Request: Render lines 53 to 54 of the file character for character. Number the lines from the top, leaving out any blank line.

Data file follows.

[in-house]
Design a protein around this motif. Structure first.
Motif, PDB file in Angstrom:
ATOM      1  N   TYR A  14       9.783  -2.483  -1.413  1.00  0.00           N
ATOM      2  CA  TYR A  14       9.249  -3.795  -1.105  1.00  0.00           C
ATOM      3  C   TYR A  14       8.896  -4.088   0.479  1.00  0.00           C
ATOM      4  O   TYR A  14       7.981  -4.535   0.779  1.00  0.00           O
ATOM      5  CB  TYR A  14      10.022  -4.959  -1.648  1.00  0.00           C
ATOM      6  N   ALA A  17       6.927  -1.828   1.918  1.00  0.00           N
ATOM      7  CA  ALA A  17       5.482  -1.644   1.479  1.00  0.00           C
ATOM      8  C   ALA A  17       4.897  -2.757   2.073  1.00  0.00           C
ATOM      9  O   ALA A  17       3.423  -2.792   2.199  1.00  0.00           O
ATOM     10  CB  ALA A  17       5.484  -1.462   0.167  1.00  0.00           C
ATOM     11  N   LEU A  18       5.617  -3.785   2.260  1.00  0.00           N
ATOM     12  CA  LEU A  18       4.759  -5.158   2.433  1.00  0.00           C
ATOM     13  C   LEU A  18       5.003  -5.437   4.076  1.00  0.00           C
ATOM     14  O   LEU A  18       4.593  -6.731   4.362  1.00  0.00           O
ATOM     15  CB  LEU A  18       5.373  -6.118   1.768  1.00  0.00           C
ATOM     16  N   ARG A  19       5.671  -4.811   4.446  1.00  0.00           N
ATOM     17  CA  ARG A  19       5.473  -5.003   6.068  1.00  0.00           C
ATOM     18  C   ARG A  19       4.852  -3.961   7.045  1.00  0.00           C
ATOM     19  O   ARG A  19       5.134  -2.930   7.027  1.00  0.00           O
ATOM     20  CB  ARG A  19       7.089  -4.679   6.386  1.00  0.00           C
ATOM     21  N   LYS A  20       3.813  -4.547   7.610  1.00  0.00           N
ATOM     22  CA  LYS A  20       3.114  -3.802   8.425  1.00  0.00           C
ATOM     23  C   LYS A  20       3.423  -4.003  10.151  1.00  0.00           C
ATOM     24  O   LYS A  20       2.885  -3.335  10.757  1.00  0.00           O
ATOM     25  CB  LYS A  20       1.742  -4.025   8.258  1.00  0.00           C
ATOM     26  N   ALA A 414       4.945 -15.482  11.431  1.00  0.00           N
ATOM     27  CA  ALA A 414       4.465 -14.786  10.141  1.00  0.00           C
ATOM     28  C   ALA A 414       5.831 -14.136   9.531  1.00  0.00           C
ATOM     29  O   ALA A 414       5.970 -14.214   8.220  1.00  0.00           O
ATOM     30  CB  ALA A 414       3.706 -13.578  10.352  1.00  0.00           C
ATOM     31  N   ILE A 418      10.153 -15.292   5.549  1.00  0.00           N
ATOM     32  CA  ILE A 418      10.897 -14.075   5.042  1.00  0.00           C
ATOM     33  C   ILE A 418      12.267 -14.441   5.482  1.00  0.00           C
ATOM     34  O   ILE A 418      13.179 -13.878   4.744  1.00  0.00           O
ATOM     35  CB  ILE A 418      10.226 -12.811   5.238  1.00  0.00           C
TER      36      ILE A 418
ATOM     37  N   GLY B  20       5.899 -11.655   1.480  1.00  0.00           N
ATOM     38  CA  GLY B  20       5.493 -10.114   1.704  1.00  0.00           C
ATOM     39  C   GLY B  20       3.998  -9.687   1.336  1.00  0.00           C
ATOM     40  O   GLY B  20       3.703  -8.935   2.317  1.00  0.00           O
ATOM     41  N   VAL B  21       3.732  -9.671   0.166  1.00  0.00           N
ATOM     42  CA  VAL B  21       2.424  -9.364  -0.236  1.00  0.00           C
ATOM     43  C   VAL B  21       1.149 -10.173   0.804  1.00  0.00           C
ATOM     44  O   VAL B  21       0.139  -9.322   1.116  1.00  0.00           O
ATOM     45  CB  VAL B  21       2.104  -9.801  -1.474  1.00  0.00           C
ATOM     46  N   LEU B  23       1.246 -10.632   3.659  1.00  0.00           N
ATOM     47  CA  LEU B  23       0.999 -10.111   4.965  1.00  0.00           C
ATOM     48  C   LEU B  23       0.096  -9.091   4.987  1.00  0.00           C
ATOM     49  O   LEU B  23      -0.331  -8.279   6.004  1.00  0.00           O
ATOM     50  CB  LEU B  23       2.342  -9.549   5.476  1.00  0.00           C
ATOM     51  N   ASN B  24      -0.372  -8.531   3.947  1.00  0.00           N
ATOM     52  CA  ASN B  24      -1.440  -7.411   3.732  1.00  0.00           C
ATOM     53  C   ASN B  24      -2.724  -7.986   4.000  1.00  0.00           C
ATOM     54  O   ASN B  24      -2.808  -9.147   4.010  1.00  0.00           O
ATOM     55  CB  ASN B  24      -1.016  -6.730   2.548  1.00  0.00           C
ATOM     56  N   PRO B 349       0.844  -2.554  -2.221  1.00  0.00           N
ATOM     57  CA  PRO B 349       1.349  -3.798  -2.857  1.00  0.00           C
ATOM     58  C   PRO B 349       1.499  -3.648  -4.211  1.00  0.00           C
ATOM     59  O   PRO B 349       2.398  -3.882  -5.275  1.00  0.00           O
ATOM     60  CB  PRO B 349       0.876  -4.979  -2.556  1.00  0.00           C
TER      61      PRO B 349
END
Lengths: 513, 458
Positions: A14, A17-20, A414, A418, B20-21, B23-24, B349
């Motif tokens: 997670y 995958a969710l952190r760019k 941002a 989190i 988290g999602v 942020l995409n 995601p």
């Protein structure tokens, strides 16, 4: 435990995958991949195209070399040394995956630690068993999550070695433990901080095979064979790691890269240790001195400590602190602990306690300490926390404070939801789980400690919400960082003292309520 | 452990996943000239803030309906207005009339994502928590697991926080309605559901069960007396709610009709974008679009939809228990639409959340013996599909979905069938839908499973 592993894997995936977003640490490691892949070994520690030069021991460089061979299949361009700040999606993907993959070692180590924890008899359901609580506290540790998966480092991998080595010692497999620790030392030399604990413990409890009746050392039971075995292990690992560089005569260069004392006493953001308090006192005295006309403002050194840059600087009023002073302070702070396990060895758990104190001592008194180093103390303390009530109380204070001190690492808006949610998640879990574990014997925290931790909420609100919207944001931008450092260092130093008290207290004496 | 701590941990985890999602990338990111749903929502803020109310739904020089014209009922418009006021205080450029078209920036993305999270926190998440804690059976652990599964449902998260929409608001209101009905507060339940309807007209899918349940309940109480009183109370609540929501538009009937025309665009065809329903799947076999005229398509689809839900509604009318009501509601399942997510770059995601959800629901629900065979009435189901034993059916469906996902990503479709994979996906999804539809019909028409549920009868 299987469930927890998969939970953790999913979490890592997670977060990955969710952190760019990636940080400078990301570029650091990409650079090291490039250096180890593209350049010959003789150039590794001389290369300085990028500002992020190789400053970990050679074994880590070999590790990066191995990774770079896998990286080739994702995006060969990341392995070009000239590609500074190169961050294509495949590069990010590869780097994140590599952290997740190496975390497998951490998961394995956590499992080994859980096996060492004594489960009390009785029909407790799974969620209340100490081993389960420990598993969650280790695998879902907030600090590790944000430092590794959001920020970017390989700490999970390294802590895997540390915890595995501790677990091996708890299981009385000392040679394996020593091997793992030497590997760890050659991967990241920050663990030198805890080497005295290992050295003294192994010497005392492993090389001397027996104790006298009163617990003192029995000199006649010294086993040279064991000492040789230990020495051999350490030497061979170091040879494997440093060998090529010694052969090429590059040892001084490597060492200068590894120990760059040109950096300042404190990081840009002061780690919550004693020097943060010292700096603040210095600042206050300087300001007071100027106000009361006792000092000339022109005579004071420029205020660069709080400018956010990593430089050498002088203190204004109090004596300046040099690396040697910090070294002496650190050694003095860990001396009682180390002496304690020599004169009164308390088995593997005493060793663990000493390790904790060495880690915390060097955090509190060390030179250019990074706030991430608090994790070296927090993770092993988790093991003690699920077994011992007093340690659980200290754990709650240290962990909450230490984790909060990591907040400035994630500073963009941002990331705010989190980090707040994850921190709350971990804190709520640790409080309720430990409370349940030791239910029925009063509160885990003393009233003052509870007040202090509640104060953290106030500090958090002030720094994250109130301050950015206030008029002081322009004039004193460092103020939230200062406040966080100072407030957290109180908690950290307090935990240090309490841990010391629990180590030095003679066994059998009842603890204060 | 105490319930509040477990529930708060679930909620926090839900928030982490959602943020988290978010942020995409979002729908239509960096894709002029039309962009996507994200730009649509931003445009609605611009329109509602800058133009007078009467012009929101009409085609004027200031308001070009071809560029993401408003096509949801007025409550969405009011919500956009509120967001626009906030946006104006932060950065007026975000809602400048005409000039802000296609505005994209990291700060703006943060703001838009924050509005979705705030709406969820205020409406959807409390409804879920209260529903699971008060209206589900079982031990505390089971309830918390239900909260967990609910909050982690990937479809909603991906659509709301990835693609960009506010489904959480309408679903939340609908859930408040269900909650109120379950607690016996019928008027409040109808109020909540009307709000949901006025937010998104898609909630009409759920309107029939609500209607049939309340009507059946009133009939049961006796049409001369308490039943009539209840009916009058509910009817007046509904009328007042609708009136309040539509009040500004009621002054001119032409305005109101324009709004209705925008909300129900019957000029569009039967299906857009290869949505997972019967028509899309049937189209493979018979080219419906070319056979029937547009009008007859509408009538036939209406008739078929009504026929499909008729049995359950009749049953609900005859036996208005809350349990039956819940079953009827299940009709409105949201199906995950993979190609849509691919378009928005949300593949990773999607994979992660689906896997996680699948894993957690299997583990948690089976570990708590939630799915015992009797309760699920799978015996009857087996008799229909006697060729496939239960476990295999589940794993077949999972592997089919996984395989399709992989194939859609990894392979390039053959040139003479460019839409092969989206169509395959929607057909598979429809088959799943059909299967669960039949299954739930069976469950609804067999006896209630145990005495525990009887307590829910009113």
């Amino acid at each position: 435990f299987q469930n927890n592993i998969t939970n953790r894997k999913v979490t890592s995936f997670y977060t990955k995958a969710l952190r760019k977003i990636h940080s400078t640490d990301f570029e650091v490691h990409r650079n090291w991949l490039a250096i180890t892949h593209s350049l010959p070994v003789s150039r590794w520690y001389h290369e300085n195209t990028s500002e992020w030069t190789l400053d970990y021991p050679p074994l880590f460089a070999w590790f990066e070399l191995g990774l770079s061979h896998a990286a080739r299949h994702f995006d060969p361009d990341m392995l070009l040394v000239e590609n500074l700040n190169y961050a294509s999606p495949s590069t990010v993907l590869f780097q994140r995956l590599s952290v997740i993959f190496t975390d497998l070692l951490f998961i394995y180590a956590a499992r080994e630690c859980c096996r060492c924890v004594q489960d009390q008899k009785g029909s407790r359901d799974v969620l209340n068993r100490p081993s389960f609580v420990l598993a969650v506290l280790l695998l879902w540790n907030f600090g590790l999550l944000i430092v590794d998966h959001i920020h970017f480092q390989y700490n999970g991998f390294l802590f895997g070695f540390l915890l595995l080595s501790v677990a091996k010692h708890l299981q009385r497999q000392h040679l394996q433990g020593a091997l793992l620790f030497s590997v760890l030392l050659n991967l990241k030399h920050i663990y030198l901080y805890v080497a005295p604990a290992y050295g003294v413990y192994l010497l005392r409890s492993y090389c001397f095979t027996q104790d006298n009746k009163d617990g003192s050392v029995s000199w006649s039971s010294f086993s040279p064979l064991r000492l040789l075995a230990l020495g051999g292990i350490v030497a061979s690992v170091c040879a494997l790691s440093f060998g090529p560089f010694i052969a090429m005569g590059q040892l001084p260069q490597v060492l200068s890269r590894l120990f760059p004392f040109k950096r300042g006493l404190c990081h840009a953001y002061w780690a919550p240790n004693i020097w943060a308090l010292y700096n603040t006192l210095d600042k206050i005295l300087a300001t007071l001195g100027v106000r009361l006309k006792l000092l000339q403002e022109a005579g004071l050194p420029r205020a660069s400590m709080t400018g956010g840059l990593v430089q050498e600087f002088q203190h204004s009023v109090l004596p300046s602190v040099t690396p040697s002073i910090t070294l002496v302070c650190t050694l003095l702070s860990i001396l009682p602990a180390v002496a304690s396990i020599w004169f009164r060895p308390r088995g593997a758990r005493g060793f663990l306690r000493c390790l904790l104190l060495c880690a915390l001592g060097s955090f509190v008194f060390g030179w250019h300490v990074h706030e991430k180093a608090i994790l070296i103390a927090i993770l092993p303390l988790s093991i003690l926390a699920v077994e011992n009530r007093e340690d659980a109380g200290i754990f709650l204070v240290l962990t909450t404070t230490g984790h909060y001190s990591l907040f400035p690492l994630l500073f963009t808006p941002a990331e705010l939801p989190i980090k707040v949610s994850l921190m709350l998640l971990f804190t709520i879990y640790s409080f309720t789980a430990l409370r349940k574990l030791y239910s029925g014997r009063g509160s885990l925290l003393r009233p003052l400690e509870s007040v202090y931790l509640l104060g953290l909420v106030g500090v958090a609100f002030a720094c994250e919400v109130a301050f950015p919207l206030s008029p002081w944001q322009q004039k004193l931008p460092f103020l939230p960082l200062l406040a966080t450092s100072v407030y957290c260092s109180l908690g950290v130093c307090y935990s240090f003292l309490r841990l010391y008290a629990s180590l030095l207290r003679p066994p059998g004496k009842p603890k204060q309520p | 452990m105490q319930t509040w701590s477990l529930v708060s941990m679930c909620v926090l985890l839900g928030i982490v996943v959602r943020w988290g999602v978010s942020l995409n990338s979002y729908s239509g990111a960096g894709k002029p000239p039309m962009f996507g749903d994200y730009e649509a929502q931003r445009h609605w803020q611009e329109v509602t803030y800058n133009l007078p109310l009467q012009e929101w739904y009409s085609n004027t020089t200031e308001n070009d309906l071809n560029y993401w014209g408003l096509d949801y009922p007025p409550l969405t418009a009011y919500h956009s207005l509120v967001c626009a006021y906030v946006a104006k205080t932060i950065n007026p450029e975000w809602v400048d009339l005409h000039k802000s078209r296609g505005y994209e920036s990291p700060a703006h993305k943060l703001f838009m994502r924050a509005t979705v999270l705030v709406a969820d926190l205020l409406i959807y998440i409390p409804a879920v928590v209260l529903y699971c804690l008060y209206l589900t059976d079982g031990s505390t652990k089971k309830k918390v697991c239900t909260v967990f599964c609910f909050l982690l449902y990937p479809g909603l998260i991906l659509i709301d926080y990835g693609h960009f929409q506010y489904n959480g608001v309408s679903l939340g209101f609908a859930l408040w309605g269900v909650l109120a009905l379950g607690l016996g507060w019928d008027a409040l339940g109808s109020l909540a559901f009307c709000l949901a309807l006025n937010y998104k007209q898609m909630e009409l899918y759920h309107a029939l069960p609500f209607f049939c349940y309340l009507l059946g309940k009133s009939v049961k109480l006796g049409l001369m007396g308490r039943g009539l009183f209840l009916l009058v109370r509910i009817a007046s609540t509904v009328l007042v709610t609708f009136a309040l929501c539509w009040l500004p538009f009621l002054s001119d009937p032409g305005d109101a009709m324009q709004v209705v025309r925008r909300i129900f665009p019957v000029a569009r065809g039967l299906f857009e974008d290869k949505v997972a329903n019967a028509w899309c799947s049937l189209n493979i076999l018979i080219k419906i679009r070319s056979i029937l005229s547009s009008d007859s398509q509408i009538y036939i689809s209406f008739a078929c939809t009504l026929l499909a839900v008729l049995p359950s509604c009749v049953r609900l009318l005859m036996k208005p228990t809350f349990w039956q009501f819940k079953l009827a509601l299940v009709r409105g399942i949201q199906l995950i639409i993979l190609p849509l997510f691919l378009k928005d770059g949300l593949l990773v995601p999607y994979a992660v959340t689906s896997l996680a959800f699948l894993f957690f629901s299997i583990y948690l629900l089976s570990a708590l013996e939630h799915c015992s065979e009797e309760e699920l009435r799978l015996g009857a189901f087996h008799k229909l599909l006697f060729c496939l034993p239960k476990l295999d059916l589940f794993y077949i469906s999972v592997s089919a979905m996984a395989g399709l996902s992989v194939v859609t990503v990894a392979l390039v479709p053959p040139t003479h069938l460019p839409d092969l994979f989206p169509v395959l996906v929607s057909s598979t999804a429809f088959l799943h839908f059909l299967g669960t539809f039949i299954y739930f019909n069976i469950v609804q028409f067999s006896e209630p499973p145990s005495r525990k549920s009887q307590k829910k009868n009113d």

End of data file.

ATOM     50  CB  LEU B  23       2.342  -9.549   5.476  1.00  0.00           C
ATOM     51  N   ASN B  24      -0.372  -8.531   3.947  1.00  0.00           N